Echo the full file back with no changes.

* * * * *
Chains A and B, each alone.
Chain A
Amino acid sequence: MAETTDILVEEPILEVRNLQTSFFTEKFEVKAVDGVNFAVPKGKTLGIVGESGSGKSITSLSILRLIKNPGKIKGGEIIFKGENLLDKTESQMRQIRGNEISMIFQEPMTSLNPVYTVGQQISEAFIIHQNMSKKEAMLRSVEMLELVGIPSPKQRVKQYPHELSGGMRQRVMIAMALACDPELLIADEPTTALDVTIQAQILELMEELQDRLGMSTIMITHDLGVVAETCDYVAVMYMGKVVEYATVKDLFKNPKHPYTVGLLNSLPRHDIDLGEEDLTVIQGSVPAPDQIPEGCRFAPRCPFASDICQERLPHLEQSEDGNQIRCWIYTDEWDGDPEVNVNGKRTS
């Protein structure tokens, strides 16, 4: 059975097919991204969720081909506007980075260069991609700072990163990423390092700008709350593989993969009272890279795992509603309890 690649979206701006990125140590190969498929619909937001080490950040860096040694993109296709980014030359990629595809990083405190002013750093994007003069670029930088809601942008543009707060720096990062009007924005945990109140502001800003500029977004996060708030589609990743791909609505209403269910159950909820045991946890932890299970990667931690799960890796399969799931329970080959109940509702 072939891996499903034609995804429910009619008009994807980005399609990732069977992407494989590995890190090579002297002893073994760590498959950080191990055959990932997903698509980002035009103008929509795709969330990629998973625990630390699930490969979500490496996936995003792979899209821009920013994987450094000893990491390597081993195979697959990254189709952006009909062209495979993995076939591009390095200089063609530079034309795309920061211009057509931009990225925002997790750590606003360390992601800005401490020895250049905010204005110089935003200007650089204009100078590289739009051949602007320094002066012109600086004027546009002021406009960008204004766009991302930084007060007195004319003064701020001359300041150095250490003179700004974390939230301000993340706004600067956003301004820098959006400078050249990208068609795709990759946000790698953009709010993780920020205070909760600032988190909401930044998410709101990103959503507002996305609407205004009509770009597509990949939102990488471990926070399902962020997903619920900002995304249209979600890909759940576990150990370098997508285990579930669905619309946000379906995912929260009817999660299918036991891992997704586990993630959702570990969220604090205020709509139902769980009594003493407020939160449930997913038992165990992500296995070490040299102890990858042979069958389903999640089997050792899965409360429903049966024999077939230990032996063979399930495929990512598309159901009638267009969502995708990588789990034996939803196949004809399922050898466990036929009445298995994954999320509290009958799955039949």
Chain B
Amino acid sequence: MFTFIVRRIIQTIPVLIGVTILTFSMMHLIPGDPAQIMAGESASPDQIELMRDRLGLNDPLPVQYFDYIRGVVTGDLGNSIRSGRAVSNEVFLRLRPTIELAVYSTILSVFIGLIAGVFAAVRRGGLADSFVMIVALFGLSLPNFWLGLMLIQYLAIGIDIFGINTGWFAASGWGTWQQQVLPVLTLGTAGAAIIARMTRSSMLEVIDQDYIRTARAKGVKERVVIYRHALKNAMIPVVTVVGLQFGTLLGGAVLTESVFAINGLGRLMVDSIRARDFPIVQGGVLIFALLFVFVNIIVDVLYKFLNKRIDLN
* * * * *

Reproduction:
Chains A and B, each alone.
Chain A
Amino acid sequence: MAETTDILVEEPILEVRNLQTSFFTEKFEVKAVDGVNFAVPKGKTLGIVGESGSGKSITSLSILRLIKNPGKIKGGEIIFKGENLLDKTESQMRQIRGNEISMIFQEPMTSLNPVYTVGQQISEAFIIHQNMSKKEAMLRSVEMLELVGIPSPKQRVKQYPHELSGGMRQRVMIAMALACDPELLIADEPTTALDVTIQAQILELMEELQDRLGMSTIMITHDLGVVAETCDYVAVMYMGKVVEYATVKDLFKNPKHPYTVGLLNSLPRHDIDLGEEDLTVIQGSVPAPDQIPEGCRFAPRCPFASDICQERLPHLEQSEDGNQIRCWIYTDEWDGDPEVNVNGKRTS
């Protein structure tokens, strides 16, 4: 059975097919991204969720081909506007980075260069991609700072990163990423390092700008709350593989993969009272890279795992509603309890 690649979206701006990125140590190969498929619909937001080490950040860096040694993109296709980014030359990629595809990083405190002013750093994007003069670029930088809601942008543009707060720096990062009007924005945990109140502001800003500029977004996060708030589609990743791909609505209403269910159950909820045991946890932890299970990667931690799960890796399969799931329970080959109940509702 072939891996499903034609995804429910009619008009994807980005399609990732069977992407494989590995890190090579002297002893073994760590498959950080191990055959990932997903698509980002035009103008929509795709969330990629998973625990630390699930490969979500490496996936995003792979899209821009920013994987450094000893990491390597081993195979697959990254189709952006009909062209495979993995076939591009390095200089063609530079034309795309920061211009057509931009990225925002997790750590606003360390992601800005401490020895250049905010204005110089935003200007650089204009100078590289739009051949602007320094002066012109600086004027546009002021406009960008204004766009991302930084007060007195004319003064701020001359300041150095250490003179700004974390939230301000993340706004600067956003301004820098959006400078050249990208068609795709990759946000790698953009709010993780920020205070909760600032988190909401930044998410709101990103959503507002996305609407205004009509770009597509990949939102990488471990926070399902962020997903619920900002995304249209979600890909759940576990150990370098997508285990579930669905619309946000379906995912929260009817999660299918036991891992997704586990993630959702570990969220604090205020709509139902769980009594003493407020939160449930997913038992165990992500296995070490040299102890990858042979069958389903999640089997050792899965409360429903049966024999077939230990032996063979399930495929990512598309159901009638267009969502995708990588789990034996939803196949004809399922050898466990036929009445298995994954999320509290009958799955039949």
Chain B
Amino acid sequence: MFTFIVRRIIQTIPVLIGVTILTFSMMHLIPGDPAQIMAGESASPDQIELMRDRLGLNDPLPVQYFDYIRGVVTGDLGNSIRSGRAVSNEVFLRLRPTIELAVYSTILSVFIGLIAGVFAAVRRGGLADSFVMIVALFGLSLPNFWLGLMLIQYLAIGIDIFGINTGWFAASGWGTWQQQVLPVLTLGTAGAAIIARMTRSSMLEVIDQDYIRTARAKGVKERVVIYRHALKNAMIPVVTVVGLQFGTLLGGAVLTESVFAINGLGRLMVDSIRARDFPIVQGGVLIFALLFVFVNIIVDVLYKFLNKRIDLN